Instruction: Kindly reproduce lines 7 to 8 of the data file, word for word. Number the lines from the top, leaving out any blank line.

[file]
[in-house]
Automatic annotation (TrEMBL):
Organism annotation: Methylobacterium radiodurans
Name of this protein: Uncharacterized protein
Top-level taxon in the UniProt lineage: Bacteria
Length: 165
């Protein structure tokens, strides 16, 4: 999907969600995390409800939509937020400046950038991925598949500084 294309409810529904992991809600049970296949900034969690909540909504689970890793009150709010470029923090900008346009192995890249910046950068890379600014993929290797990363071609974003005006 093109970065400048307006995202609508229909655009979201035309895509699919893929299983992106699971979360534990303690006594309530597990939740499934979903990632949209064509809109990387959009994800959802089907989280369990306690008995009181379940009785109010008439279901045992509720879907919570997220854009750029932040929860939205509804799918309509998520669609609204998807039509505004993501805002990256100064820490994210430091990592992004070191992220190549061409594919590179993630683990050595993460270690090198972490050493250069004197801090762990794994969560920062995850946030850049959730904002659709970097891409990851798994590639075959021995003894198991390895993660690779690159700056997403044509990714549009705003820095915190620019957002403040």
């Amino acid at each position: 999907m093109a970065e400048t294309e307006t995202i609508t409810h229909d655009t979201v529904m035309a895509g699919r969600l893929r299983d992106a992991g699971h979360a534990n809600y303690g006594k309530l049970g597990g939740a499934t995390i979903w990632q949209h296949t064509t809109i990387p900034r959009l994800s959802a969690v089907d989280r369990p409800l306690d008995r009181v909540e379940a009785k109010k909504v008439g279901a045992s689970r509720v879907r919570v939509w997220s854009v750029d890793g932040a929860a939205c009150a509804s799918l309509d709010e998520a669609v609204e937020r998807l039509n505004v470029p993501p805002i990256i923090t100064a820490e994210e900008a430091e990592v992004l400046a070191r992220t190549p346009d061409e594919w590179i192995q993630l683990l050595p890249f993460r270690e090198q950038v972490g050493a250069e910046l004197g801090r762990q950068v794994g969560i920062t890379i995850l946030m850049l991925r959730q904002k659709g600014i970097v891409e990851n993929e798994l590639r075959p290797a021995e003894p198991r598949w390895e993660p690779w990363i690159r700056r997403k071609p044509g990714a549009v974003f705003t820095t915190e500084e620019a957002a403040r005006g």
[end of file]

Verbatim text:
């Protein structure tokens, strides 16, 4: 999907969600995390409800939509937020400046950038991925598949500084 294309409810529904992991809600049970296949900034969690909540909504689970890793009150709010470029923090900008346009192995890249910046950068890379600014993929290797990363071609974003005006 093109970065400048307006995202609508229909655009979201035309895509699919893929299983992106699971979360534990303690006594309530597990939740499934979903990632949209064509809109990387959009994800959802089907989280369990306690008995009181379940009785109010008439279901045992509720879907919570997220854009750029932040929860939205509804799918309509998520669609609204998807039509505004993501805002990256100064820490994210430091990592992004070191992220190549061409594919590179993630683990050595993460270690090198972490050493250069004197801090762990794994969560920062995850946030850049959730904002659709970097891409990851798994590639075959021995003894198991390895993660690779690159700056997403044509990714549009705003820095915190620019957002403040």
């Amino acid at each position: 999907m093109a970065e400048t294309e307006t995202i609508t409810h229909d655009t979201v529904m035309a895509g699919r969600l893929r299983d992106a992991g699971h979360a534990n809600y303690g006594k309530l049970g597990g939740a499934t995390i979903w990632q949209h296949t064509t809109i990387p900034r959009l994800s959802a969690v089907d989280r369990p409800l306690d008995r009181v909540e379940a009785k109010k909504v008439g279901a045992s689970r509720v879907r919570v939509w997220s854009v750029d890793g932040a929860a939205c009150a509804s799918l309509d709010e998520a669609v609204e937020r998807l039509n505004v470029p993501p805002i990256i923090t100064a820490e994210e900008a430091e990592v992004l400046a070191r992220t190549p346009d061409e594919w590179i192995q993630l683990l050595p890249f993460r270690e090198q950038v972490g050493a250069e910046l004197g801090r762990q950068v794994g969560i920062t890379i995850l946030m850049l991925r959730q904002k659709g600014i970097v891409e990851n993929e798994l590639r075959p290797a021995e003894p198991r598949w390895e993660p690779w990363i690159r700056r997403k071609p044509g990714a549009v974003f705003t820095t915190e500084e620019a957002a403040r005006g």